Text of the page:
NRAMA: Let's talk about you leaving Teen Titans. I know you already told Newsarama that you left for "creative differences," although you were continuing to work with DC, but is there any clarification you want to give for your departure from the book?
SM: No. Except to say that I wish the new writer all the best. And I'm excited to see what he does.
NRAMA: You'll still be writing one of the Teen Titans characters as you tackle the new Ravager back-up stories that will run in Teen Titans beginning in June. What can you tell us about those stories?
SM: I can tell you that I'm pretty excited to be writing Ravager still. Anybody who read issue #57 of Teen Titans knows I had a blast writing her there. And I enjoyed writing her in Terror Titans. I think she's a complicated character, and I think she has a lot to still show people about her. And what's exciting about the Ravager back-ups – the "serial," as I'm calling it, because with 10 pages an issue, it is more like a serial style or like those short movie serials that used to come out way back in the day, before I was born – and what's great about these is that we're going to see things from Ravager's point of view. We're going to have a first-person narrative, so you'll actually get into Ravager's head, and I think there will be some revelations, maybe some aspects of her that you didn't realize, in this story.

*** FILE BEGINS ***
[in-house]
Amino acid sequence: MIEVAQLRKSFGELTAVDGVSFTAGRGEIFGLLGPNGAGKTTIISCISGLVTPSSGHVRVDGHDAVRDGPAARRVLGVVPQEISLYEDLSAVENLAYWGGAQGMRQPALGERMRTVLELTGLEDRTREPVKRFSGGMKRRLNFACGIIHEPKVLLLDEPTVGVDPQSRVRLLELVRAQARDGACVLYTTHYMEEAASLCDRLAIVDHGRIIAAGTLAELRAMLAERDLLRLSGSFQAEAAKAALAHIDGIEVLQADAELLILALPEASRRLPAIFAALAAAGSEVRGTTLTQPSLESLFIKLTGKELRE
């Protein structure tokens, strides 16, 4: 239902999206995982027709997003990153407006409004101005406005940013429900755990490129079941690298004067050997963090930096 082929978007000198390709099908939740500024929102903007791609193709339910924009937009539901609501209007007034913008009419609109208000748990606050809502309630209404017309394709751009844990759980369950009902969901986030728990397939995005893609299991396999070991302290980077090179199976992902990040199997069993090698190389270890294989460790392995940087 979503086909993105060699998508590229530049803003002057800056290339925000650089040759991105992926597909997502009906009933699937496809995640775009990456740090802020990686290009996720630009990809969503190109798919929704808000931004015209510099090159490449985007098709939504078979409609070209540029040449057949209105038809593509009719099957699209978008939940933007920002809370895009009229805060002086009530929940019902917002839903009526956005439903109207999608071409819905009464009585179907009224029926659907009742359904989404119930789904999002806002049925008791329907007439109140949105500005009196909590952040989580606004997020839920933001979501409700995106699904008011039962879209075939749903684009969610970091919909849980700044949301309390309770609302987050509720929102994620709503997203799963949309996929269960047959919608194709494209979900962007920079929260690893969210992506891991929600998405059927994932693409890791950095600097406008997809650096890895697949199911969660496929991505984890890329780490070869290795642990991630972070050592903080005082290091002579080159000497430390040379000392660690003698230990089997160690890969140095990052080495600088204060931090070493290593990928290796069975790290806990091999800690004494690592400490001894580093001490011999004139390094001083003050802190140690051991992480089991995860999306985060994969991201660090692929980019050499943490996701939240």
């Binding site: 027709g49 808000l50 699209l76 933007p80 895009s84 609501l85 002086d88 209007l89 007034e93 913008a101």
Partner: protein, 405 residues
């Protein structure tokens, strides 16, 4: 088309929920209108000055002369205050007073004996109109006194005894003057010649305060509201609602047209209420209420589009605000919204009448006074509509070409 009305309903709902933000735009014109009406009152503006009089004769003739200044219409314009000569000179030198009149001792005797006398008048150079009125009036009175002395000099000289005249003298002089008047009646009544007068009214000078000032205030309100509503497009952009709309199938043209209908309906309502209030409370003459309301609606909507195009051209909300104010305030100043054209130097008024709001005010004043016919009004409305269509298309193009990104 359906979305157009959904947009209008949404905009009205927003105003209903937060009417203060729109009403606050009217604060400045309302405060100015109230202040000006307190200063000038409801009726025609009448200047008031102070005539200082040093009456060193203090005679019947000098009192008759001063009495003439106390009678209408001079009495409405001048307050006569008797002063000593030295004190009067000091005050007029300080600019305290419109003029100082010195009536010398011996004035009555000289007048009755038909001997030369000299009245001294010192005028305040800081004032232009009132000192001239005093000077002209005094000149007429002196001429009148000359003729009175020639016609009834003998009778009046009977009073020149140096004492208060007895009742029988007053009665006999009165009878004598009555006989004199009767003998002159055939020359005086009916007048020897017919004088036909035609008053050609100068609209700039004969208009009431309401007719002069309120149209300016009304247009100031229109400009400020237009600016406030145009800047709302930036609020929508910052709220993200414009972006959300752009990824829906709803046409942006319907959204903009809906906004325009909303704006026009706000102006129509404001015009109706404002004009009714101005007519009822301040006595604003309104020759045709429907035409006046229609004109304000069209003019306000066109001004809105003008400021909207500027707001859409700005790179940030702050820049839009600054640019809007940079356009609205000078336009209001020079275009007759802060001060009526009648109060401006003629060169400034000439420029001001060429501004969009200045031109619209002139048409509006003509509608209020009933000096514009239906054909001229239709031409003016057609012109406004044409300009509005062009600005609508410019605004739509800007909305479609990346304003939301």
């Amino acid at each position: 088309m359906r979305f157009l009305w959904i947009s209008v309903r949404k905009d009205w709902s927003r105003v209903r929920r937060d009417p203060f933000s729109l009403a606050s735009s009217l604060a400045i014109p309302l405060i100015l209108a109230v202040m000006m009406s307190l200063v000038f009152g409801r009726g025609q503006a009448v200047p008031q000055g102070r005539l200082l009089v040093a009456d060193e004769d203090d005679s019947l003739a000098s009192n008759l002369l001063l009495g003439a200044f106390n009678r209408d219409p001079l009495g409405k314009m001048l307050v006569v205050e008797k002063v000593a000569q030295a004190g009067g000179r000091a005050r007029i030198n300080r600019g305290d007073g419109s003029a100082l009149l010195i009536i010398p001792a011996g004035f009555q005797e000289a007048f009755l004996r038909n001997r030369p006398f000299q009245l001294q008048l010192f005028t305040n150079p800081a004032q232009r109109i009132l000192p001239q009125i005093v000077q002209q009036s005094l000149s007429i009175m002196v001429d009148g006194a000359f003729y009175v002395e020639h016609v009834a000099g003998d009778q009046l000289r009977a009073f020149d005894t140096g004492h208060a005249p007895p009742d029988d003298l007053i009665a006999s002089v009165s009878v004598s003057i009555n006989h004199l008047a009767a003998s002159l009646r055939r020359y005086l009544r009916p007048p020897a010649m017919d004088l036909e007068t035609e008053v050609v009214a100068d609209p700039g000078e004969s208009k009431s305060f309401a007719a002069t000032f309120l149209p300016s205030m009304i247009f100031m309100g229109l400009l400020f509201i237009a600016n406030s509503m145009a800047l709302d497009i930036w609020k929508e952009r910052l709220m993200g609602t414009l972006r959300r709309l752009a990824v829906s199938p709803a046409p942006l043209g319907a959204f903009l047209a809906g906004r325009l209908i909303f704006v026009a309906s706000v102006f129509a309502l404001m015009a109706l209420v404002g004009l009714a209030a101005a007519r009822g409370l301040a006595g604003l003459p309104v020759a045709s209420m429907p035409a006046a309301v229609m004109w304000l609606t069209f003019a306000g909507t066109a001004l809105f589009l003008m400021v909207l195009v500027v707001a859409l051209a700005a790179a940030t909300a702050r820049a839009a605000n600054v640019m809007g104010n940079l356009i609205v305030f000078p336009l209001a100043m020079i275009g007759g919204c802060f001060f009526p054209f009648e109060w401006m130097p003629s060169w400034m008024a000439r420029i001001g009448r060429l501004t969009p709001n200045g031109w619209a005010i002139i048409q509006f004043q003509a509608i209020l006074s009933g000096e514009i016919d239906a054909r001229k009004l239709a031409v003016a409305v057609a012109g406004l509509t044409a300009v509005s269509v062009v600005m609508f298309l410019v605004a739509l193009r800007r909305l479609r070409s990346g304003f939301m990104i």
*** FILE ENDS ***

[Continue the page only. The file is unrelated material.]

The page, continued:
NRAMA: When you call it a "serial" story, then I assume it's going to carry over from one issue to another? What's it going to be about?
SM: It's a 12-part story, so it's going to run for a year. And it's very much going to be a Ravager-suited story. You're going to see her in difficult situations with difficult morality doing terrible things to terrible people. And dealing with the adrenaline addiction that she's developed in Terror Titans.
And you'll also see all of this launched in Teen Titans #71, my last issue, which is going to be from Ravager's point of view, with her first-person narrative, as well.
NRAMA: Is it a challenge to write a story in 10-page increments?
SM: Honestly, I haven't started writing the story, but when I pieced together the entire thing as an 120-page story, it was really easy. You write long enough and you get a feel for how many pages a certain amount of story is. And putting it into 10-page chunks was actually an exciting challenge for me, and it wasn't much of a challenge because it felt right. It felt like there was a great amount of immediacy to it. I remember back when 52 was happening, I thought it would be great to have a weekly series where I would be able to write, say, a 10- or 12-page weekly story. I just really liked the idea of it. It makes you pick up the page and makes you pay attention to the pacing. You always want the ending of every chapter to really make people want to come back, even more-so than in a 22-page comic.
NRAMA: You're doing a new story for The Waiting Place, and you're doing 10-page back-up stories for Teen Titans. What else can your fans expect to see from you?
SM: I've got other things cooking, but everything's still in the pitch or pre-pitch stage right now, so it's too soon to say. But I have lots of irons in the fire.